JoAnn T. Hackos, PhD
Director, The Center for Information-Development Management

Lately, I have been curious about the slowness of XML implementation in information-development circles. XML has been around for nearly three years as a reliable standard from the World Wide Web Consortium (W3C). When desktop publishing was introduced in the mid-80s, it took off a lot faster. In our recent survey of single-source activities and an earlier survey of authoring tools, we found 18 percent of respondents authoring in XML. It still appears to be an Early Adopters market.

We definitely need to move faster but carefully into XML. XML has tremendous potential for the dissemination of technical information. If we do it right, we’ll come much closer to solving the access problems that plague our field. By using XML tags to identify content, we make that content more easily searchable.

Let’s take an example. You want to find all the information on your company’s Web site about leave to attend a family funeral. In many companies, you would have to know that this information is located in the Human Resources area, under Employee Benefits, under the Bereavement Policy. You would actually have to know the name of the policy to locate the information. If you did a general keyword search based on policy/funerals/leave/grandfather, you would most likely find hundreds of topics in which these words occurred somewhere in the text.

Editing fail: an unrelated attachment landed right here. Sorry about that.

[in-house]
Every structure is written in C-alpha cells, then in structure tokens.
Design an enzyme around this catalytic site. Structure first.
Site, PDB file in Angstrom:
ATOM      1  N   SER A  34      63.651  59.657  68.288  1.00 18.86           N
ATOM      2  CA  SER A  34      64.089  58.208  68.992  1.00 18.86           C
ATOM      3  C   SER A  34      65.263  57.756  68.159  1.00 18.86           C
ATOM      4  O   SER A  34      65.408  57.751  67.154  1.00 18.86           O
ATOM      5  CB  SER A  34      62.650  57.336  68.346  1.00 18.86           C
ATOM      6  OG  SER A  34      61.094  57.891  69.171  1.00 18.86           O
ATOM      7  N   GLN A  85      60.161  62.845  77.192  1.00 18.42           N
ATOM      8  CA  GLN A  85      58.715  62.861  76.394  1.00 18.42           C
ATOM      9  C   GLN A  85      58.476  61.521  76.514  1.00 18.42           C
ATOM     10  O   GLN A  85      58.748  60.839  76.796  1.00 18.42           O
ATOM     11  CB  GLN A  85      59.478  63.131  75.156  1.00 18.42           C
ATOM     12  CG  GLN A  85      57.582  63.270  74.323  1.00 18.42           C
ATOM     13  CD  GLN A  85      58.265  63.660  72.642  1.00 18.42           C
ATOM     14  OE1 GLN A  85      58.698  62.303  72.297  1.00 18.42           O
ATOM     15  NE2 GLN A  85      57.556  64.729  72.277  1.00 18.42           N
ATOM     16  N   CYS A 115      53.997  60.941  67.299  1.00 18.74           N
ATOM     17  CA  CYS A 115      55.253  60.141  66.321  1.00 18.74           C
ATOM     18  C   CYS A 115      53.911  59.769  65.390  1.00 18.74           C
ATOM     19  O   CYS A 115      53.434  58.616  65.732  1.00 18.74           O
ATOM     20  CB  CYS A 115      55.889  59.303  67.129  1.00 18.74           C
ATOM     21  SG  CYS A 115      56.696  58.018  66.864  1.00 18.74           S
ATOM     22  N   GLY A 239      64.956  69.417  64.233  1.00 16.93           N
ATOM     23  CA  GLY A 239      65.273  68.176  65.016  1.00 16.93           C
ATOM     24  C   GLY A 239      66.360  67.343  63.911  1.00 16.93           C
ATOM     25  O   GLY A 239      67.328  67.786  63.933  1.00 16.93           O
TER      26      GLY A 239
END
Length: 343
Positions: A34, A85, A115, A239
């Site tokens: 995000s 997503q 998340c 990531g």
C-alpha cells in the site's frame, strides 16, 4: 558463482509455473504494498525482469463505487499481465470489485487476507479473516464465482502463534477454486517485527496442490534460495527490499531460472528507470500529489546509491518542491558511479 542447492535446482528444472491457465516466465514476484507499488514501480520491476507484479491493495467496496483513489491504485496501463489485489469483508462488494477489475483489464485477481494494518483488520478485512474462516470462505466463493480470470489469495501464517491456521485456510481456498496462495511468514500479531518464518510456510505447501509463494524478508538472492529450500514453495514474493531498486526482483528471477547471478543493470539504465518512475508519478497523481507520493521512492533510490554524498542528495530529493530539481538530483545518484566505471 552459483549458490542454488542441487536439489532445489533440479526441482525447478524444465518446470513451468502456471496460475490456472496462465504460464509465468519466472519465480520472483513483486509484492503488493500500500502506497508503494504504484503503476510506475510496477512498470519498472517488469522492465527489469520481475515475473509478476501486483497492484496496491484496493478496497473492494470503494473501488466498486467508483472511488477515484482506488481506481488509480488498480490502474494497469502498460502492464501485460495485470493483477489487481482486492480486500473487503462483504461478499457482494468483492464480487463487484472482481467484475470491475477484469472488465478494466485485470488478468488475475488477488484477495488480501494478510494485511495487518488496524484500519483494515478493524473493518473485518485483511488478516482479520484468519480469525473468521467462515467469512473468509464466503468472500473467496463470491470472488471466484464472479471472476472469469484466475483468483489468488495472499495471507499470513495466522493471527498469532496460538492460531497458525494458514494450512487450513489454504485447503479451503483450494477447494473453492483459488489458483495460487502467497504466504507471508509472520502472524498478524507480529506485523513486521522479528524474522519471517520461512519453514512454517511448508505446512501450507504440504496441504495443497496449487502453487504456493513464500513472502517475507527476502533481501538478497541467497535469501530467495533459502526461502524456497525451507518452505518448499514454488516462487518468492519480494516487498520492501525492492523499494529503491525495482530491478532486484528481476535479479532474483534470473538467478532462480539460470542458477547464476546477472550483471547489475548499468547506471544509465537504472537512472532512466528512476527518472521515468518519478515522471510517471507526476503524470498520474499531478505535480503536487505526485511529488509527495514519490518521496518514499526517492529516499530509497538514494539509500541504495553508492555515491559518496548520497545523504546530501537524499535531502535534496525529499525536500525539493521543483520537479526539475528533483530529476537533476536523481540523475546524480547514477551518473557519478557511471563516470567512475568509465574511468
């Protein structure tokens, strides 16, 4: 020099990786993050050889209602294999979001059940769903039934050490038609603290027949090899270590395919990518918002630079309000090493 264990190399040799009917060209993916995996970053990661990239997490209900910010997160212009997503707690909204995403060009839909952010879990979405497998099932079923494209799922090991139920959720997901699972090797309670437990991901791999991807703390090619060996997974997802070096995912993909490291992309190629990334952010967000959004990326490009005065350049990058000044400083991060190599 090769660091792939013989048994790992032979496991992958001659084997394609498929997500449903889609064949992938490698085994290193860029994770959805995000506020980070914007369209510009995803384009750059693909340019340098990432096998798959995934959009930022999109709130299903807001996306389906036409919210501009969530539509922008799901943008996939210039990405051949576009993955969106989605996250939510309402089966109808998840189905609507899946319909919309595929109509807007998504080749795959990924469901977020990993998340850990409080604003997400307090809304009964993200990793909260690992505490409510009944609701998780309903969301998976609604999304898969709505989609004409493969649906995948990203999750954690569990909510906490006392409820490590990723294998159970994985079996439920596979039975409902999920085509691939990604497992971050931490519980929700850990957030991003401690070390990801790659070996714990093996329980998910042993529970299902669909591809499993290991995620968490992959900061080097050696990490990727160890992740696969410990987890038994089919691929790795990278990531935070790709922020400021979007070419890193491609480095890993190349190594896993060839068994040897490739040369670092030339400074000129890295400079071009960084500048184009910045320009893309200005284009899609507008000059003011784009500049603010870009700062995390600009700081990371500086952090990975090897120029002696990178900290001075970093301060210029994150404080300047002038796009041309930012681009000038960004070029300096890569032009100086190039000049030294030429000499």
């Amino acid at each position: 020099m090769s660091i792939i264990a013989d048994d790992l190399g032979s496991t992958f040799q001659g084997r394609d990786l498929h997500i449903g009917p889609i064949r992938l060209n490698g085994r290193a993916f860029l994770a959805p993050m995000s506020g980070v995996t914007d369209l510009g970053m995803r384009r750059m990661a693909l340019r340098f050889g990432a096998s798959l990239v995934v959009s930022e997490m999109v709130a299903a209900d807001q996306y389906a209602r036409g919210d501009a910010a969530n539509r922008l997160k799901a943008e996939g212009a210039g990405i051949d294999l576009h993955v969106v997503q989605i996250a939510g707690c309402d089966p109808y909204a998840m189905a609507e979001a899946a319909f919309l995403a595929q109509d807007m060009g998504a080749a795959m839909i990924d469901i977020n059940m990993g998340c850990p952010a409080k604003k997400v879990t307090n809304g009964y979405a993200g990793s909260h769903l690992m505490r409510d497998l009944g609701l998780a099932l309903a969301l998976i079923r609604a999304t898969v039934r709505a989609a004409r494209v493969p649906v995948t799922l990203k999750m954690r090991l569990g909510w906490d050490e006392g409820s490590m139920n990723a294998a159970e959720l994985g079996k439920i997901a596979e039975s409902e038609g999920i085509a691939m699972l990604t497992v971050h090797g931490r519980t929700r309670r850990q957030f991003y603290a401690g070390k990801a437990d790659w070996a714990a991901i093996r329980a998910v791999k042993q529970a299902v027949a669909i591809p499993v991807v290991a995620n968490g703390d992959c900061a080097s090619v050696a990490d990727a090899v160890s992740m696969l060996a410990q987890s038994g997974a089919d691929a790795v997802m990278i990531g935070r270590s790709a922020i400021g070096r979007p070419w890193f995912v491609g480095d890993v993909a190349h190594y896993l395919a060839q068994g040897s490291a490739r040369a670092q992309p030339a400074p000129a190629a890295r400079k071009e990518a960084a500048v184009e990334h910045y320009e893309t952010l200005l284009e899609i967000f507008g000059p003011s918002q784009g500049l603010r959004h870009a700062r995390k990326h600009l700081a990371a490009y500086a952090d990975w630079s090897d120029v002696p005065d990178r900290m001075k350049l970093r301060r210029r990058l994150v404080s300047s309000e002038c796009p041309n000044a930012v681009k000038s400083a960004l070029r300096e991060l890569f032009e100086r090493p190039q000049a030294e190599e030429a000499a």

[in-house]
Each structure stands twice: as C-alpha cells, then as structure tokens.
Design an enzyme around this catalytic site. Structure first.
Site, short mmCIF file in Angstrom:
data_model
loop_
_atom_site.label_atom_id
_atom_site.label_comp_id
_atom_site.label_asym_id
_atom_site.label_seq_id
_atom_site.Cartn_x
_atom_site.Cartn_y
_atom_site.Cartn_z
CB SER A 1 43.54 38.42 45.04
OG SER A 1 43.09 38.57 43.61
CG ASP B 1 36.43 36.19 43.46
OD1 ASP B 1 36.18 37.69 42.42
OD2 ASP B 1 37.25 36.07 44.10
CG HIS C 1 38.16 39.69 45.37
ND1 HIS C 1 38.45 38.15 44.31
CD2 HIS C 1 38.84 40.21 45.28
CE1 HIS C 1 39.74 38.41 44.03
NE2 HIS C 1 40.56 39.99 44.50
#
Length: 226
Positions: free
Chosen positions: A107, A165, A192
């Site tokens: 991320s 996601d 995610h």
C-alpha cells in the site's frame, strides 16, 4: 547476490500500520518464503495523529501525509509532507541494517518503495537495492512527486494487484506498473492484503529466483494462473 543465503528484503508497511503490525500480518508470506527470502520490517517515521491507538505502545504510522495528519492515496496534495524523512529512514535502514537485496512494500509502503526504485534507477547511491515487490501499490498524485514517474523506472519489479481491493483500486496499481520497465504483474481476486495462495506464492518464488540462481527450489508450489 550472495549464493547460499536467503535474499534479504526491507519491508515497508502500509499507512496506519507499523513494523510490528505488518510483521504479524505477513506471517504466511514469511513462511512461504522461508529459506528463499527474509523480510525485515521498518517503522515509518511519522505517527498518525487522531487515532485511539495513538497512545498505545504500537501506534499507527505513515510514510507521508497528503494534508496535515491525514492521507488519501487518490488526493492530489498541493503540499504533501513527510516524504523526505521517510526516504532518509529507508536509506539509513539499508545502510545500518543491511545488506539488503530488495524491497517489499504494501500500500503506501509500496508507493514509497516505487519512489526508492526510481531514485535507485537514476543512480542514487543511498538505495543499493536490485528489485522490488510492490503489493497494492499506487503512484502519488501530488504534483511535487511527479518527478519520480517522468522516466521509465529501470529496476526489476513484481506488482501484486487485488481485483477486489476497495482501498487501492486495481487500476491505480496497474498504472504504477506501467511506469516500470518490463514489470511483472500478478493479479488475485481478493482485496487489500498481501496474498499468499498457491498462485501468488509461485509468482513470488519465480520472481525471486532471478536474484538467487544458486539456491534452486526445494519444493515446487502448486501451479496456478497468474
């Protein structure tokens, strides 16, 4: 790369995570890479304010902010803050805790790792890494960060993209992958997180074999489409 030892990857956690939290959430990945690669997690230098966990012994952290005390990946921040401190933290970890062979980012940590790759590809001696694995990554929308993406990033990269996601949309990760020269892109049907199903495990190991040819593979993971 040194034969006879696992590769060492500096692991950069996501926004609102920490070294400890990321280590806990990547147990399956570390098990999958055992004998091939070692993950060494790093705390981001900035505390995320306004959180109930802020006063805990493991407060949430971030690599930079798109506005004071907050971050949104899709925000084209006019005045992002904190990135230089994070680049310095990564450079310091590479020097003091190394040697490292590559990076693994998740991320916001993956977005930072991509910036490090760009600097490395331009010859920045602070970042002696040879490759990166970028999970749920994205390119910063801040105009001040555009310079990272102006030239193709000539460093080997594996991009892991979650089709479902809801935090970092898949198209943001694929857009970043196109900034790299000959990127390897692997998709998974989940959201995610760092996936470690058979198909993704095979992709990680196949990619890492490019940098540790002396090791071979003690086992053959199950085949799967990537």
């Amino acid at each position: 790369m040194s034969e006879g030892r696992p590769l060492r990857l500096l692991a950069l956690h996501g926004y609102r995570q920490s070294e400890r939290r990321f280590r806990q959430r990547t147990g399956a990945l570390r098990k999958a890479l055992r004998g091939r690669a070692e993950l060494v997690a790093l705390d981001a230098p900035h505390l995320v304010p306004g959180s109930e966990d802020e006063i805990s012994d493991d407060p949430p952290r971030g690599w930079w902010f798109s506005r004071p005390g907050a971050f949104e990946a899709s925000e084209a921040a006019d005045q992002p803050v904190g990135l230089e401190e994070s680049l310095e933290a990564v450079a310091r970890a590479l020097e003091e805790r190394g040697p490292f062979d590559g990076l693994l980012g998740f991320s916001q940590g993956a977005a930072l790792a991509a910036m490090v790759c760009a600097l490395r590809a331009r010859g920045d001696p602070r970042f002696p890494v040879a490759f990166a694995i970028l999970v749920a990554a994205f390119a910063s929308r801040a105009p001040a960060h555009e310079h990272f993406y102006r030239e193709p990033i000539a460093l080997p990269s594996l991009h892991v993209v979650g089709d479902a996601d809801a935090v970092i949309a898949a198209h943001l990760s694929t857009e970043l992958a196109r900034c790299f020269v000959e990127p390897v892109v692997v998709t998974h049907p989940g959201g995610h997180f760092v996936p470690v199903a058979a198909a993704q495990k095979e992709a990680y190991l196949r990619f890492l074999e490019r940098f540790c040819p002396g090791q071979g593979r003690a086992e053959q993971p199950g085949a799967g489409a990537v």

If your company had developed XML-tagged content, you could search on some combination of policy/funerals/leave/grandfather and find exactly the topic you want. The topic would be tagged as a policy; as a policy related to leave granted for funerals; and somewhere within the policy would be a tag that would identify the relationship to the deceased (most companies require that the deceased be a relative for leave to apply). Because of the inheritance of properties in an XML hierarchy, you would not find all references to grandfather (if there were more than one) but the specific reference that related to policies about leave taken for funerals.

XML allows us to create very specific sets of categories and tags to help users pinpoint information topics. However, to create these categories and tags, we need to know the answers to two key questions:

  • What are our customers likely to be searching for?
  • How does the information we write relate to the customers’ information need?

Without those insights, we won’t know which labels to apply as XML tags and when to apply them.

I’m quite dismayed about some of the implementations of XML I’ve seen. By using conversion tools, many technical publications groups are simply taking their existing format tags and turning them into XML. We see tags for paragraphs, headings, and lists but few or no tags that define the content. The reason–it’s easier and doesn’t require restructuring or rethinking about content. However, those format tags don’t contribute anything to the users’ search for information. The recommendation–start thinking about restructuring and labeling your information topics with XML content-oriented tags.

For more on writing structured content, come to our new seminar Structured Writing for Single Sourcing (dates to be announced).